- The question is where did the people who were buried in front of the church lived, because such concentration of graves and their monumentality indicates that those buried are either nobility or rich population of a large settlement - says Arsić. - We are still looking for this mysterious city and the court of  the veliki čelnik.

Paradoxically, despite the significance of the site in Dići, there are very few visitors, although it literally leans on the Ibar highway whose traffic shakes the bones of the medieval Serbs. Vehicles do not turn to the cobblestone road towards the Vlkdrag's church and the monolith field, although archaeologists say that everywhere in the civilized world this place would be flooded with visitors, from passengers on the highway, to pupil excursions.

- One thing is the great value of our heritage, and quite another our relationship towards it, which is miserable - said Jež. - There is no visitors at the site that has core importance for the research of the Serbian past, as there is almost no interest of the responsible institutions for research, publication and presentation. We do not even have a sign which would draw attention of those passing along the Ibar highway towards this uniquely important monument. We wanted to set up a billboard and we applied several years back with the Ministry of Culture, but not even the most modest sum was approved.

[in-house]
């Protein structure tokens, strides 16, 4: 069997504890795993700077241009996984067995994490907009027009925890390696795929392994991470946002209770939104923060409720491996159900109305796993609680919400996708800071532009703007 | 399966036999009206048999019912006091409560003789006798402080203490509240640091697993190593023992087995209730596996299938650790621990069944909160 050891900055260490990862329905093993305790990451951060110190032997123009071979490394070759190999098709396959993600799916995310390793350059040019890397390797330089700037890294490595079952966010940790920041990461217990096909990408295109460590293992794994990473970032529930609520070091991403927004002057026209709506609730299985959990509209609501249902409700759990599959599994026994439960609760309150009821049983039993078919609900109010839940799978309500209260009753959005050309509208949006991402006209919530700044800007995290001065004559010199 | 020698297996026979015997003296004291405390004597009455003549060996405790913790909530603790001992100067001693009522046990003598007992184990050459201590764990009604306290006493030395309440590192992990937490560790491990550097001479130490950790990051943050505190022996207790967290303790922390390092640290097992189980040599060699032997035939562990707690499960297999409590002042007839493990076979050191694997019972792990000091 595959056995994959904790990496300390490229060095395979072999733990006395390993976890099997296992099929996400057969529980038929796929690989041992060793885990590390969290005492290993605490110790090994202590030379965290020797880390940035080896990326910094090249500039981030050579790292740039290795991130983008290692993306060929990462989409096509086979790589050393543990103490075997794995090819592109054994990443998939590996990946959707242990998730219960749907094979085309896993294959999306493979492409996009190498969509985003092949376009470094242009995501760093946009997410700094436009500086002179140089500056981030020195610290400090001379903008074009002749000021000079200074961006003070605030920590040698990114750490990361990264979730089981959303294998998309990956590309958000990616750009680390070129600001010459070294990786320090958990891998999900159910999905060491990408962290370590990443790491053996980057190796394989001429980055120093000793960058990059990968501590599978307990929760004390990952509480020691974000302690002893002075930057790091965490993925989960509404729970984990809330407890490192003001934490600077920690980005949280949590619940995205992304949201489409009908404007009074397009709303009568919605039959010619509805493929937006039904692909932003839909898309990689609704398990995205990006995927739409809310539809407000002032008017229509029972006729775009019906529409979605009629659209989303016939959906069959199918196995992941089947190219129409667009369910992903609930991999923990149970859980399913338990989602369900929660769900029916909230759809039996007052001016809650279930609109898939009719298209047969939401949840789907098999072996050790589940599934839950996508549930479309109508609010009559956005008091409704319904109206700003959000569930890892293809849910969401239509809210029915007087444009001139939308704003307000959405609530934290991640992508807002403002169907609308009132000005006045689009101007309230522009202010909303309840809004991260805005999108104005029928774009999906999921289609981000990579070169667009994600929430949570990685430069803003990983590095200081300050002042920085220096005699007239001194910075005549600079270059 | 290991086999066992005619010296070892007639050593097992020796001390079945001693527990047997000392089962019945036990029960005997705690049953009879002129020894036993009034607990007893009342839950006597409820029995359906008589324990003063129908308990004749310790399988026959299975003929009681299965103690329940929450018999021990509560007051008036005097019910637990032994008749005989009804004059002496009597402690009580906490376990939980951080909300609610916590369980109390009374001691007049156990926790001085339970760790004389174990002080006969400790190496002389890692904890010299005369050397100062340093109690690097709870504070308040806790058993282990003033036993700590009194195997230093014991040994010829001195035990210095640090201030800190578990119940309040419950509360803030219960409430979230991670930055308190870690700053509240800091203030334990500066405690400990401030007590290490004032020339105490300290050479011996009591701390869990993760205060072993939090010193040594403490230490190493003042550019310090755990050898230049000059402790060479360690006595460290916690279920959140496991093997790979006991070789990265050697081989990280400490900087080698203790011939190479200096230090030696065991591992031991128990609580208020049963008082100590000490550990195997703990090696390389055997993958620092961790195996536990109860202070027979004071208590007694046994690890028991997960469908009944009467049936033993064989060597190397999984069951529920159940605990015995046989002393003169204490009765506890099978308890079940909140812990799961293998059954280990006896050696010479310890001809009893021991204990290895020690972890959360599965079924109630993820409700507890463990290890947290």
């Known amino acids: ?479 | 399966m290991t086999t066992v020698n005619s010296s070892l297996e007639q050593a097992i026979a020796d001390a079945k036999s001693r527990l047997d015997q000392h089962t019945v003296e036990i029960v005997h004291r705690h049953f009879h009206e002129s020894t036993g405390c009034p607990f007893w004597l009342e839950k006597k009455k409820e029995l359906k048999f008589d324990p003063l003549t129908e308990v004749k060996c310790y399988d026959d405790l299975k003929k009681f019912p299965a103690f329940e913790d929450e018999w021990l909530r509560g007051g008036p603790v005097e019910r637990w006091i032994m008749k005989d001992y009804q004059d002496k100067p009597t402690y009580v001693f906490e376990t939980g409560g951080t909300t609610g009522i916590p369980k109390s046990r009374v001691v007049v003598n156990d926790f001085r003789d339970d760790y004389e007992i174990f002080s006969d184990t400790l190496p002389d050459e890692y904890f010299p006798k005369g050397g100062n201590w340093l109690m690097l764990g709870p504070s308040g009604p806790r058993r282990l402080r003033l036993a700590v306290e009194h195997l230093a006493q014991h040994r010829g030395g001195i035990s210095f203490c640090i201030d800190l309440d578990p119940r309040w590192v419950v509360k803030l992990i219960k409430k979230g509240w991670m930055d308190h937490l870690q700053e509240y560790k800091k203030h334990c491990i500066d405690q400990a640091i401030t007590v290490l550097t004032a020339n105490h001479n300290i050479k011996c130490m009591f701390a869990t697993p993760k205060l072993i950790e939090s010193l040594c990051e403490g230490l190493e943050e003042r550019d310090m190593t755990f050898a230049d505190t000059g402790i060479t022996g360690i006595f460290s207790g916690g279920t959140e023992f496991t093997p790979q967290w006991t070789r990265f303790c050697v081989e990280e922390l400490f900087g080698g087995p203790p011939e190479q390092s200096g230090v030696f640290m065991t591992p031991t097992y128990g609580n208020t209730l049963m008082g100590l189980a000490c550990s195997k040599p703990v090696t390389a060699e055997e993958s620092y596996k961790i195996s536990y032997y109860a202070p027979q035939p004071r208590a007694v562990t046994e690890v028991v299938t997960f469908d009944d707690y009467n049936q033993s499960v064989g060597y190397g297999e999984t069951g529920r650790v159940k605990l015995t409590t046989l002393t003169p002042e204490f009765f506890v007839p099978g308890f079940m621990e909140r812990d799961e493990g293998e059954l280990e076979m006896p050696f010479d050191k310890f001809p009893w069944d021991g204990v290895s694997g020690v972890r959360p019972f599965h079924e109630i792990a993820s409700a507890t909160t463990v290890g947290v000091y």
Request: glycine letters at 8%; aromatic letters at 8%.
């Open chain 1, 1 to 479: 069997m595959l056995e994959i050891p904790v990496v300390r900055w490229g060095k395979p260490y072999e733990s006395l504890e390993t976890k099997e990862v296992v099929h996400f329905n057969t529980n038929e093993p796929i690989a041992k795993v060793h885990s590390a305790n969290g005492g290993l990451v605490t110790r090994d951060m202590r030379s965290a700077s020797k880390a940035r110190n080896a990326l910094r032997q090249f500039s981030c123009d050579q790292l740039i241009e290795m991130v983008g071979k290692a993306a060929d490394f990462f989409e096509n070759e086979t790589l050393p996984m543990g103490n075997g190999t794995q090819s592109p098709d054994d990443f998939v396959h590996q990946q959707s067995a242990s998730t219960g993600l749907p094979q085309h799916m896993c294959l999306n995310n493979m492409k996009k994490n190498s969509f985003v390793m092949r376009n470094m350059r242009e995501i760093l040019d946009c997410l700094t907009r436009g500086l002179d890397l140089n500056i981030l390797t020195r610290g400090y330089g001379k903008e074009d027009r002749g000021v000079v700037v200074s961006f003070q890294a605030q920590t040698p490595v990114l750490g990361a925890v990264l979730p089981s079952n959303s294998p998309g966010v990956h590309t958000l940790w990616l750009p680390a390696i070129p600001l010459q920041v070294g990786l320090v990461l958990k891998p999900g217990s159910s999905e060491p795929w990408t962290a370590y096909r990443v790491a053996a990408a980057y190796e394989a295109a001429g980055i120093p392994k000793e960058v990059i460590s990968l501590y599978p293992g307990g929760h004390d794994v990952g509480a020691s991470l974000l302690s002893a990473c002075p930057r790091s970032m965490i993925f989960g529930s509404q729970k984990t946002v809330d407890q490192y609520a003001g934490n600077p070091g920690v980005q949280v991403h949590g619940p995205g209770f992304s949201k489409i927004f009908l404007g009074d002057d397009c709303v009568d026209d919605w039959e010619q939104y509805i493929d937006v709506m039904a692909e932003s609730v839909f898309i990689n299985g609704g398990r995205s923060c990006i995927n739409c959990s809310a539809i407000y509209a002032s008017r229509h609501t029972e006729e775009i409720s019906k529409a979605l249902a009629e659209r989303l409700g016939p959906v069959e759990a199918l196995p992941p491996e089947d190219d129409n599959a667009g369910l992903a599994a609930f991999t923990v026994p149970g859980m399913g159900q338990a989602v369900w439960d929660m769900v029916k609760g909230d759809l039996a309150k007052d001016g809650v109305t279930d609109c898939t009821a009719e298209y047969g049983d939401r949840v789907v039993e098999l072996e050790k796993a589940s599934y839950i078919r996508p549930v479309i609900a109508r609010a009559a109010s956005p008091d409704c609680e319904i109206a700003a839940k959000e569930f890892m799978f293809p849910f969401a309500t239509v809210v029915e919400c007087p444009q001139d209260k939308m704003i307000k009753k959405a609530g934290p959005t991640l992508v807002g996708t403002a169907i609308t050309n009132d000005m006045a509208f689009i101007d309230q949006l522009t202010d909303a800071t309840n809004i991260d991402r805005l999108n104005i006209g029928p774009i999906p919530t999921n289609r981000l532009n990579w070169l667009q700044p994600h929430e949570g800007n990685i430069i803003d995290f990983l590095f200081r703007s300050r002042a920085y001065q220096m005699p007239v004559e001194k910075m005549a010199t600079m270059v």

TRADITION SAVES THE SERBS

The medieval church and cemetery in Dići were deep underground when, at the beginning of the 90ties of the last century, archaeologist Zeljko Jež started his search.